When staying at Herding Hill Farm there are a host of great National Trust Northumberland places to visit – from Hadrian’s Wall to the Northumberland coast. Whether it’s historic homes, gorgeous gardens, breathtaking landscapes or simply the chance to walk in the fresh air, there is something for everyone with the National Trust North East.
The Walled Garden and conservatory at the National Trust property Wallington are especially special in the Spring when the gardens come alive with white snowdrops and purple crocus. Take a tranquil walk along the banks of the River Wansbeck and brave the steppingstones, whilst keeping your eye out for wildlife such as red squirrels and the beautiful ornate bridge. Wallington National Trust is also dog-friendly and bike hire for family-friendly cycling in the North East is available. Wallington’s Clocktower Café is perfect for refreshments and a spot of shopping for a National Trust gift or keepsake to take home. Wallington Hall can also be visited.
The National Trust property of Gibside is close to the Metro Centre. This 18th-century Georgian landscape garden was forged in an industrial past and there are excellent Derwent valley views. Roe deer, otters and red kites can sometimes be seen and there are plenty of walks to choose from. The grand ruin of Gibside Hall offers a glimpse into the dramatic story of heiress Mary Eleanor Bowes. The Market Place Café and bookshop provide some retail distraction.
Cragside at Rothbury is famous for its rhododendrons in the Summer and was also the first place in the world to be lit by hydroelectricity. The inventor and engineer Thomas Armstrong created the most technologically advanced house of its time and then filled it with quirky things which entertain visitors to this National Trust Northumberland house to this day. The gardens are dramatic with rocky crags and towering conifers. Children’s adventure play area. Tea rooms and gift shop.
George Stephenson’s Birthplace in Wylam was the start of this world-famous railway engineer.
Cherryburn was the birthplace of Thomas Bewick, Northumberland’s greatest artist and naturalist. Bewick developed a way of engraving wood that could rival the fine detail of metal engraving. There are regular print demonstrations.
The Farne Islands are a very special place indeed. Home to seals and almost 200,000 seabirds, including puffins, shags, kittiwakes, razorbills, eider ducks and guillemots. Regular boat trips run from the harbour at Seahouses. Puffins can normally be seen on the Farne Islands between April and mid-July.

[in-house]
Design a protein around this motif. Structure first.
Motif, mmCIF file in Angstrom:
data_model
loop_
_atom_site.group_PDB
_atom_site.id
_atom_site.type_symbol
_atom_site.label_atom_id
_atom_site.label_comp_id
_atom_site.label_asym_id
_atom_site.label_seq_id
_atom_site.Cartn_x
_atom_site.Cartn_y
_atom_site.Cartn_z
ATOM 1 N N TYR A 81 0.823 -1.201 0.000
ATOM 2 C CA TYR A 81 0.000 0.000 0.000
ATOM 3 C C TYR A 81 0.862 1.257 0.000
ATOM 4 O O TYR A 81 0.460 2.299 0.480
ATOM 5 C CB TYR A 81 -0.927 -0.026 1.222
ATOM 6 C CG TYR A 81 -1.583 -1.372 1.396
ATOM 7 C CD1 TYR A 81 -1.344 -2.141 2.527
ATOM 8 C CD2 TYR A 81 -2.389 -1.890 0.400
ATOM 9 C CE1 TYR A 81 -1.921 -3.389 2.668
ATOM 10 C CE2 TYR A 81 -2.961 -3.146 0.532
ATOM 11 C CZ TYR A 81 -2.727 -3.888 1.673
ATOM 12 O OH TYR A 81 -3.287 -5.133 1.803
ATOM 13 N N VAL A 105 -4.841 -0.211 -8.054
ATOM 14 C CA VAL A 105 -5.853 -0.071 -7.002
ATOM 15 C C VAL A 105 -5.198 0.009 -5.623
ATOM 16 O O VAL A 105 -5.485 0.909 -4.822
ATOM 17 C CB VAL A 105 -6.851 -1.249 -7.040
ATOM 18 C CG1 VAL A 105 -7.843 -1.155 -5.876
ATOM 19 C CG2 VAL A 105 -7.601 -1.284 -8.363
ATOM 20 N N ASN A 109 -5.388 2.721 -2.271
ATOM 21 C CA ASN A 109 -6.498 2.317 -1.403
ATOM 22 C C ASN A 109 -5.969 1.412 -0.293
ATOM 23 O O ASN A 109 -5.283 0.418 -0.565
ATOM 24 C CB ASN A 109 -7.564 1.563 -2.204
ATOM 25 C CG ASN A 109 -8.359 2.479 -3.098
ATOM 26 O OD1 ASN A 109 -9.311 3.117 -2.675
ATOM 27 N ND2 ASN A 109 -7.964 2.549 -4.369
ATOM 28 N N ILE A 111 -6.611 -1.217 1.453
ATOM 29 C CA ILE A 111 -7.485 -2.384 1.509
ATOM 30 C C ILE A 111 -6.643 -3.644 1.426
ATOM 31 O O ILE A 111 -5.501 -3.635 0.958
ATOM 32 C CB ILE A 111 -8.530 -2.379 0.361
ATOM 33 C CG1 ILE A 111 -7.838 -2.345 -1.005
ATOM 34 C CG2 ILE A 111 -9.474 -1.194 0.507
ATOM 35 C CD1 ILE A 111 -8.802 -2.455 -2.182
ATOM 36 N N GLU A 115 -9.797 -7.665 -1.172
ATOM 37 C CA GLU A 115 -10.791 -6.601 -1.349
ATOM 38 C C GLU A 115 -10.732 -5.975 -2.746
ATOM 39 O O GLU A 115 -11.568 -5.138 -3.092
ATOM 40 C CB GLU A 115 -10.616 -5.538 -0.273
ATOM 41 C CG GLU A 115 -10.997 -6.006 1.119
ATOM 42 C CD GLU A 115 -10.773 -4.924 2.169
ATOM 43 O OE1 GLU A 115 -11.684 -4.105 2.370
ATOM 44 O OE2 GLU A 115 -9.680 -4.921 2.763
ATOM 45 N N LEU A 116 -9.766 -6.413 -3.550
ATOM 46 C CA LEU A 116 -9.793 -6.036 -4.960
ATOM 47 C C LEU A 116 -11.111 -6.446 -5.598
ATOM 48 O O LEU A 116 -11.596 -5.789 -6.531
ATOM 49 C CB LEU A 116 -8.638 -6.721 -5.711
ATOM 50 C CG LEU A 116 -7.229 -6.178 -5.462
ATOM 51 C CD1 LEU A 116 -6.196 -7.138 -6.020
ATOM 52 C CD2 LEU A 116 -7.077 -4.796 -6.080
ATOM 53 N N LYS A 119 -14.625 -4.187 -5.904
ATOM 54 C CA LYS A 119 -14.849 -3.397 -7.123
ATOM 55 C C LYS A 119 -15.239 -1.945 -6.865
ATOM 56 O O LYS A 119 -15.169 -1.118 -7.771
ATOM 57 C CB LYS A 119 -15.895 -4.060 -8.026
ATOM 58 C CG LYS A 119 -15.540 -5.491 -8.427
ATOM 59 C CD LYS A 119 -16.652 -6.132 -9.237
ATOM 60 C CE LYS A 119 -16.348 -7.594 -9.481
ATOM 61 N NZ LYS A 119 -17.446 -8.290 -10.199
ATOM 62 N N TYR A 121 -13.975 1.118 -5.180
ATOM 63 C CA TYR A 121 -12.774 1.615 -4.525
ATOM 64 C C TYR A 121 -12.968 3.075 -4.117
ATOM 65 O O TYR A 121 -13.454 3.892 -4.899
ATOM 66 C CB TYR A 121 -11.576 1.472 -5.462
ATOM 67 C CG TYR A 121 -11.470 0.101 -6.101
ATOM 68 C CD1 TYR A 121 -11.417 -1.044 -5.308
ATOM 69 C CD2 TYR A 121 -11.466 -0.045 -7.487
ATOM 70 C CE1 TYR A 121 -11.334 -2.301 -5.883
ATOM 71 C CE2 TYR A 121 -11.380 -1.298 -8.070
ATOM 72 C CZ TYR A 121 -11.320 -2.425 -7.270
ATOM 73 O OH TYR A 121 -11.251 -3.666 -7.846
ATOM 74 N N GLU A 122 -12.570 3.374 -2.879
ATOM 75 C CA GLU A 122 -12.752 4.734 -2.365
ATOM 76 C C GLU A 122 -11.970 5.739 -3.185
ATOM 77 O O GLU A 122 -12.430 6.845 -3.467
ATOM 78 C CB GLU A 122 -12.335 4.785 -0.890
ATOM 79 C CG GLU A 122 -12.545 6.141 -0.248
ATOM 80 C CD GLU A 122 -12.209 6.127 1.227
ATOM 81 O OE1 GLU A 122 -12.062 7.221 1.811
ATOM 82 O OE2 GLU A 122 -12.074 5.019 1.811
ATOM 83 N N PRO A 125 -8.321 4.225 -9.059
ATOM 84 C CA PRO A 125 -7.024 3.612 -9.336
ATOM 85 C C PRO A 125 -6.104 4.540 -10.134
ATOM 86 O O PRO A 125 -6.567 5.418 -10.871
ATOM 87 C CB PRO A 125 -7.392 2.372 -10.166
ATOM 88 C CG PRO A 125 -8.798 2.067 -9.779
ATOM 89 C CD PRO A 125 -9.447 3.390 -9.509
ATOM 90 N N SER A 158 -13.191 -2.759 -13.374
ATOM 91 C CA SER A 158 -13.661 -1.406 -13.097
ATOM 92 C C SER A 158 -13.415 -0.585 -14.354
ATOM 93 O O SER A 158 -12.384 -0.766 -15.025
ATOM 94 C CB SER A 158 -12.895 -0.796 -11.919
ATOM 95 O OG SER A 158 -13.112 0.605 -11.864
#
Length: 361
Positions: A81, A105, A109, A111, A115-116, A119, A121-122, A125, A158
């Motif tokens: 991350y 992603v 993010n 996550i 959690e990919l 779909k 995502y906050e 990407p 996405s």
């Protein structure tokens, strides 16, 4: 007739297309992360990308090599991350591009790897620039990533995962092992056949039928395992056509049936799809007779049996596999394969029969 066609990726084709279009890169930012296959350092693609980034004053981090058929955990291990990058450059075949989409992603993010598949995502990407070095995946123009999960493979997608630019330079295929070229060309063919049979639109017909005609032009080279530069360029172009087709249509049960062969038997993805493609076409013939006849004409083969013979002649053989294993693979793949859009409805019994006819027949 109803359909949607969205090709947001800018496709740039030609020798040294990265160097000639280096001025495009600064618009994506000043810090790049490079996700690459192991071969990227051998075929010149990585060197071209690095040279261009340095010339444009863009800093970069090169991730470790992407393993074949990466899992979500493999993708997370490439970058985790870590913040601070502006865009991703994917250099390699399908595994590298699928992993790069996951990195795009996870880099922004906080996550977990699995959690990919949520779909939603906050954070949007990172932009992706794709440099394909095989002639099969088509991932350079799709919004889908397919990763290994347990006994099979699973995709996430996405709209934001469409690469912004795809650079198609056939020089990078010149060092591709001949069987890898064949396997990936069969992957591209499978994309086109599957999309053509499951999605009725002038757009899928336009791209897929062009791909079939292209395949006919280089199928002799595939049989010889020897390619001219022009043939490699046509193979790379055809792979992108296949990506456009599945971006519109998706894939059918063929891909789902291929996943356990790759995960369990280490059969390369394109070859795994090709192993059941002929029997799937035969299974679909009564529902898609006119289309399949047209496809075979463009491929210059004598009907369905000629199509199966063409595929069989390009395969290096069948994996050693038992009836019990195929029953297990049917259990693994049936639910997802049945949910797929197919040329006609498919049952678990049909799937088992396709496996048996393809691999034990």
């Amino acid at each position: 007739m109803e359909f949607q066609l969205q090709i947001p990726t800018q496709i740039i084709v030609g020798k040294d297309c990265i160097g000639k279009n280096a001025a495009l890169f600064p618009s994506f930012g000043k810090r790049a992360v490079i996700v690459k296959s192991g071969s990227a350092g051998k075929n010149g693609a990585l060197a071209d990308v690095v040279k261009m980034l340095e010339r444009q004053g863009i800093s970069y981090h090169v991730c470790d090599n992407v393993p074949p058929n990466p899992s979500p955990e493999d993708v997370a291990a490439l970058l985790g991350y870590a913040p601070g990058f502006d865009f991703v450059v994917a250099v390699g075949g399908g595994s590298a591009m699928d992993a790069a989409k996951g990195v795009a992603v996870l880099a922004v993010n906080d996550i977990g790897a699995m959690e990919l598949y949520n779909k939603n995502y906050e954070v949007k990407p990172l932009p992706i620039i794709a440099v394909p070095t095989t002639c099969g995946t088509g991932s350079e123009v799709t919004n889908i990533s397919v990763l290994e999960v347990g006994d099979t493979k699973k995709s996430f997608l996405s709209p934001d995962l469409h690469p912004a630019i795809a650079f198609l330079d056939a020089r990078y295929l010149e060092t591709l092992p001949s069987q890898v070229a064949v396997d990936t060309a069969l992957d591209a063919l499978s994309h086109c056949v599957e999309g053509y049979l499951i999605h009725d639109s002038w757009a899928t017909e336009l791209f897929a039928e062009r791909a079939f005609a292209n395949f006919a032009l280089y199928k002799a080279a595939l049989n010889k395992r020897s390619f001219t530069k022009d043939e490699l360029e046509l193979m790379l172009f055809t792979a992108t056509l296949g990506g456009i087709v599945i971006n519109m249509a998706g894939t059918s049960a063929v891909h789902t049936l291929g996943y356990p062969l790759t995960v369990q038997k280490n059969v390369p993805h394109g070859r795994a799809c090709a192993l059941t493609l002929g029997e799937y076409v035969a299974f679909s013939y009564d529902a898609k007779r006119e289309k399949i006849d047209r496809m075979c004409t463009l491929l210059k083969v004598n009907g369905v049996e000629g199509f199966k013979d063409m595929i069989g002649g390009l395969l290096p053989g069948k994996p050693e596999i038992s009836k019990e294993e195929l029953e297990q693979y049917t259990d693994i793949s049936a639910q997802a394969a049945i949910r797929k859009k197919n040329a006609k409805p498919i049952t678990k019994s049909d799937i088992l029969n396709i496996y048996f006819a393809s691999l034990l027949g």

Embleton and Newton Links is one of the most spectacular coastal walks in the North East. Set foot from the fishing village and harbour of Craster, famous for its smoked kippers, passing the impressive coastal ruins of Dunstanburgh Castle, also a National Trust property, along the long golden sweep of Embleton Sands before reaching Low Newton by the Sea. There are amazing sand dunes, covered in wildflowers, along the way. Explore the many rock pools around the foot of the castle. If you have time enjoy a crab sandwich and a real ale from The Ship Inn, a beer garden with a view!!
If you want to head further north, National Trust Lindisfarne Castle on the tidal Holy Island is worth the drive, just keep an eye out for the tide times and don’t get caught on the tida causeway! Stunning coastal walks await as well and the other attractions of this tidal island including Lindisfarne Priory, Victorian lime kilns, the striking Lindisfarne boat sheds and a sample of the famous Lindisfarne Mead at St Aidan’s Winery. Lindisfarne is also the end point for the 77.5-mile St Cuthberts Way which starts in Melrose in the Scottish Borders. Lindisfarne Castle is now home to a contemporary art exhibition.
Allen Banks and Staward Gorge is the closest National Trust woodland to Herding Hill Farm and there are stunning walks along the River Allen, with great opportunities to spot a red squirrel.
It would be remiss of us not to mention Hadrian’s Wall, with Herding Hill Farm being on the doorstep of Hadrian’s Wall, just one mile from Cawfields Quarry. This Unesco World Heritage site has miles of stunning walks and landscapes. Housesteads Fort is managed by the National Trust North East and you can view the old Roman barracks, hospital and toilets!